Hotel Monterey

Hotel Monterey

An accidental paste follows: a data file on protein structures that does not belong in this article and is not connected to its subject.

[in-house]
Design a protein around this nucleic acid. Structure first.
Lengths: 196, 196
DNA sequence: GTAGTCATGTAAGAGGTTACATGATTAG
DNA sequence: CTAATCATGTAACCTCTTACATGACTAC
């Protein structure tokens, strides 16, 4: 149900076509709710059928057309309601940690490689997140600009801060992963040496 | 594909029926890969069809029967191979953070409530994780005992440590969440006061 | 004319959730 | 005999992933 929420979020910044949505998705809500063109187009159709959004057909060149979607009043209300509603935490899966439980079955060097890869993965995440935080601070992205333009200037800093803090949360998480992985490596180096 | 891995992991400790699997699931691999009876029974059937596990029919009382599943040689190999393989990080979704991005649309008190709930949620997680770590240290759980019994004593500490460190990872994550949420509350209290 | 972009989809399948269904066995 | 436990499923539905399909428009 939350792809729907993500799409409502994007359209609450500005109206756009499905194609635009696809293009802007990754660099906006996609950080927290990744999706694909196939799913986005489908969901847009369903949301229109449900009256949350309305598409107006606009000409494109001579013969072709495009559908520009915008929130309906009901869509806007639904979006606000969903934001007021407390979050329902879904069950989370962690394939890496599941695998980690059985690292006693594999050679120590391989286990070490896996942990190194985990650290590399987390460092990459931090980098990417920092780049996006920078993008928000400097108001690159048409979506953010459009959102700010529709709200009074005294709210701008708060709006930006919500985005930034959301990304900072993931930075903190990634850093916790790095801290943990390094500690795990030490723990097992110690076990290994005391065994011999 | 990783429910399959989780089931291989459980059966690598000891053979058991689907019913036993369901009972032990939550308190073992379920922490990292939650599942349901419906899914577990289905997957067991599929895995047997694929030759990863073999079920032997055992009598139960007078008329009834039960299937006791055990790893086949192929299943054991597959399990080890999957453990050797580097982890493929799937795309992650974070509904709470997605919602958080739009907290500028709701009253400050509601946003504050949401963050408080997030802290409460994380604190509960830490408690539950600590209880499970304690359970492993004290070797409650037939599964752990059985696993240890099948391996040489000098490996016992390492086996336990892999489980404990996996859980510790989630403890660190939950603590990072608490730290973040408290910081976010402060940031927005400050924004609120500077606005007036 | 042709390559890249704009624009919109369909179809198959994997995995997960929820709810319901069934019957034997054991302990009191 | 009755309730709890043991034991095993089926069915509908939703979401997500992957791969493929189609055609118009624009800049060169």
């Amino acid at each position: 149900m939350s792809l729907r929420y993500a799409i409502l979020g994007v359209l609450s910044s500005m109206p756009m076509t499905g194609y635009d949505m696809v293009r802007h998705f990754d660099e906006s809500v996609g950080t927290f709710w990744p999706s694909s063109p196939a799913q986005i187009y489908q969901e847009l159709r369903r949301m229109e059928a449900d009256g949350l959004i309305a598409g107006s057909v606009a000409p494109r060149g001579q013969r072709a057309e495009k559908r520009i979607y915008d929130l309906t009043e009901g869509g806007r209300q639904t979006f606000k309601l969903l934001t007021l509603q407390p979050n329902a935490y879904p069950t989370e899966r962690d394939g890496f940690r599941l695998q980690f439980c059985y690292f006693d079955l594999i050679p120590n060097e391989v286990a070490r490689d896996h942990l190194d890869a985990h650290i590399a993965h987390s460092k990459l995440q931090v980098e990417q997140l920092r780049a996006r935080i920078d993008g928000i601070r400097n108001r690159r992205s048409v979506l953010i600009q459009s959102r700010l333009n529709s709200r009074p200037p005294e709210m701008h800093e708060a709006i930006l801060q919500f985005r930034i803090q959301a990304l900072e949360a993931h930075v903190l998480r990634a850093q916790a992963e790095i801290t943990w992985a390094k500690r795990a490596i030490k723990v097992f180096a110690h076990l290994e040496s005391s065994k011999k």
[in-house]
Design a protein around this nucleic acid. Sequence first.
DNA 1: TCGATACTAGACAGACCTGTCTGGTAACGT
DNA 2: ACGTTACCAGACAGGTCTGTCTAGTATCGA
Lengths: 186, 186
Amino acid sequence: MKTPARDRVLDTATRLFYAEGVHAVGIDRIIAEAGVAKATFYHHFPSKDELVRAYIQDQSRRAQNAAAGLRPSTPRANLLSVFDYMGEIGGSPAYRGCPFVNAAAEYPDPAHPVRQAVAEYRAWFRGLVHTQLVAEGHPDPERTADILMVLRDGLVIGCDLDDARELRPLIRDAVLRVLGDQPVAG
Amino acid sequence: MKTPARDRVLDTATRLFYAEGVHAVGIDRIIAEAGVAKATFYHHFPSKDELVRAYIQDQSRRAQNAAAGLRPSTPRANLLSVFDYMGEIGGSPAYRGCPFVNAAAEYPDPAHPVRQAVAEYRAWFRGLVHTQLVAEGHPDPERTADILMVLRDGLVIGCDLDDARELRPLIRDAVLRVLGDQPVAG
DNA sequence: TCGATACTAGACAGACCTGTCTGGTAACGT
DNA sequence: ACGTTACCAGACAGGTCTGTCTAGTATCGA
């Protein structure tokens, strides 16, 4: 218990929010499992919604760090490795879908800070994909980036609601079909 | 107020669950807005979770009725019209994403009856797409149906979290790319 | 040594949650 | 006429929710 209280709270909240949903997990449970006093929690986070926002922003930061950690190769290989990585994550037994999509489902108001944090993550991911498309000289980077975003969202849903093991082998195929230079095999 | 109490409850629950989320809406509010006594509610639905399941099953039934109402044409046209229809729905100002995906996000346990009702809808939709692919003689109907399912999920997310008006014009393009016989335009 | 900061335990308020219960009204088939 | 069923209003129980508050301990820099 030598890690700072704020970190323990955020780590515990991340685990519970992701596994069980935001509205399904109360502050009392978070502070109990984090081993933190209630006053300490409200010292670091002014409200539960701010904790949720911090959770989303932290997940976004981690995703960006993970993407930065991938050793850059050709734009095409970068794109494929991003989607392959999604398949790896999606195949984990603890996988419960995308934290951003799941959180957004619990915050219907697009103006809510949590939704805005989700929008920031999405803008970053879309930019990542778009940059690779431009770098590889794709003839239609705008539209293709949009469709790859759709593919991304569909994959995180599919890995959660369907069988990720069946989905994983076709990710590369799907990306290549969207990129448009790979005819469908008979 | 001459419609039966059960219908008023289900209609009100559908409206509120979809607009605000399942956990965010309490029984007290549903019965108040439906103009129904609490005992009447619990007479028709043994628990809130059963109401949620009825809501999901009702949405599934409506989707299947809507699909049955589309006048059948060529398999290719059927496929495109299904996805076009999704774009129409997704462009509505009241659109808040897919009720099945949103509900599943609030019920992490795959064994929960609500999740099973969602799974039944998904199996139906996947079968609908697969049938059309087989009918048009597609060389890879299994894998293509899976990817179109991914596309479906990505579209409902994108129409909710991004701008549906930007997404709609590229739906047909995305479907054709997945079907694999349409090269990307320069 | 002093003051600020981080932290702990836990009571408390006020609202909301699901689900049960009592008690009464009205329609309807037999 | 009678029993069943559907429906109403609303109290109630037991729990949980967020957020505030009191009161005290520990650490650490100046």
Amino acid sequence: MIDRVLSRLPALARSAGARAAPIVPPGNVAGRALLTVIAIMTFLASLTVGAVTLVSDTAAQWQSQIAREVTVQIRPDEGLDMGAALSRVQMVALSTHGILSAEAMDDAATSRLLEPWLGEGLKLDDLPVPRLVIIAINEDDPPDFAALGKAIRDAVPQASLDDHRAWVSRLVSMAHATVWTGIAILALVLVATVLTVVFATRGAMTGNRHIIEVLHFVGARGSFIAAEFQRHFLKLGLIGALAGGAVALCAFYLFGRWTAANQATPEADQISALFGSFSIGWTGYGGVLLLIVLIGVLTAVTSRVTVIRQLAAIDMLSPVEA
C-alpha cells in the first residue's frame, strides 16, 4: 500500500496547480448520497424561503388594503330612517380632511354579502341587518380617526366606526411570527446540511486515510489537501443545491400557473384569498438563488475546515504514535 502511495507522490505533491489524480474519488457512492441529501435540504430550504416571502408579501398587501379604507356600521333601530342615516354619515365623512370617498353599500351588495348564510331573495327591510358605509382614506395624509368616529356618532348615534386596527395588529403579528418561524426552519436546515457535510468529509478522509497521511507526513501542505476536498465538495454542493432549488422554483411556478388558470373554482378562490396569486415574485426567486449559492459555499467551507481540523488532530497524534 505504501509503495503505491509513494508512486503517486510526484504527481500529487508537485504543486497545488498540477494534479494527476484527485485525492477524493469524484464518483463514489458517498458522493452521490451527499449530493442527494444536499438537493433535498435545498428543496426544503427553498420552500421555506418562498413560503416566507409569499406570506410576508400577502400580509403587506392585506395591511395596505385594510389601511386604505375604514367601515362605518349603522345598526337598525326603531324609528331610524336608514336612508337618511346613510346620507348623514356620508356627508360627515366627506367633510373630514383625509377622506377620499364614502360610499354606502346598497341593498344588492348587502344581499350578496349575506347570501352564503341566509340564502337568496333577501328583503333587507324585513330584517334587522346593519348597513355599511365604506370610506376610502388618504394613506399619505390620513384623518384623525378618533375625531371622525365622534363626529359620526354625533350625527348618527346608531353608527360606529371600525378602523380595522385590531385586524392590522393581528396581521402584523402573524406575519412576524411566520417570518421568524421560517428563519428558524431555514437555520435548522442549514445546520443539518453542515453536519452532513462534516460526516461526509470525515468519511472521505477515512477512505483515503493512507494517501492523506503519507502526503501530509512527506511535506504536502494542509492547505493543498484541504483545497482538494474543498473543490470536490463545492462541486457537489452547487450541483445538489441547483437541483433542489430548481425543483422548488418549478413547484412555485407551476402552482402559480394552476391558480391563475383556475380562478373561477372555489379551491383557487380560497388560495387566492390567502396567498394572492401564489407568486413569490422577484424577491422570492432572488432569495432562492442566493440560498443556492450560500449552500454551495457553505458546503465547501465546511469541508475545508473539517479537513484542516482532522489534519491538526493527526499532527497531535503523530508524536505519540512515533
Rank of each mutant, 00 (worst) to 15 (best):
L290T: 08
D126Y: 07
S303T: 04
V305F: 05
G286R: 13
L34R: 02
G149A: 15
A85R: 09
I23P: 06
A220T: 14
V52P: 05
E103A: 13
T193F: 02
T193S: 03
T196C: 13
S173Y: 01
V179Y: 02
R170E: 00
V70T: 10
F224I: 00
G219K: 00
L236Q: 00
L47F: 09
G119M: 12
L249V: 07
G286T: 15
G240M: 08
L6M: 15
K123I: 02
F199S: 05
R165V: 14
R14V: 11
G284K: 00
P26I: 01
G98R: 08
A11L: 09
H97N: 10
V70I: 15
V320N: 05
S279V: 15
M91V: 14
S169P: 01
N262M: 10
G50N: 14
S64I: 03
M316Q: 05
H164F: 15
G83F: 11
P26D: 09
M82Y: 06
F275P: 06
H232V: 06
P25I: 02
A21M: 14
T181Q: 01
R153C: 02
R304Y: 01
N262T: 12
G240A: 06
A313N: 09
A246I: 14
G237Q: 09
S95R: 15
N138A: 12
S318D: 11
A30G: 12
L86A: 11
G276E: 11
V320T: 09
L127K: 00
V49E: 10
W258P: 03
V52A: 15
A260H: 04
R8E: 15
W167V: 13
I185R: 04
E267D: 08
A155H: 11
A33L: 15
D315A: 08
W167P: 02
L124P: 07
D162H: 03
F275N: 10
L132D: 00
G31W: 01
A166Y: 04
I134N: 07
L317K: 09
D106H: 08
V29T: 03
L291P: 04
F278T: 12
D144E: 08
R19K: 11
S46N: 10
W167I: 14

Recently, I’ve had a weird habit of starting a revered filmmaker’s catalog with a lesser known title of theirs. That train keeps rolling right along with Hotel Monterey, Chantal Akerman’s hourlong silent tribute to the glum New York establishment of the same name. The occupants wander in front of her camera like inquisitive animals, or creepy sentinels when she frames them for portraiture. The images — a blurry “EXIT” sign at the end of the hall, or foreboding elevator doors in the dead of night — conjure a certain dread as a result of the all-consuming silence. Still, there is an ambiguity in her (mostly static) compositions. One can extract the nocturnal cool of Edward Hopper’s paintings as easily as the sickly, unwelcoming palette of Fight Club or Barton Fink. Eventually we make our way out of the hotel and onto the roof, an escape that suggests the cold and loneliness of this place is only temporary.

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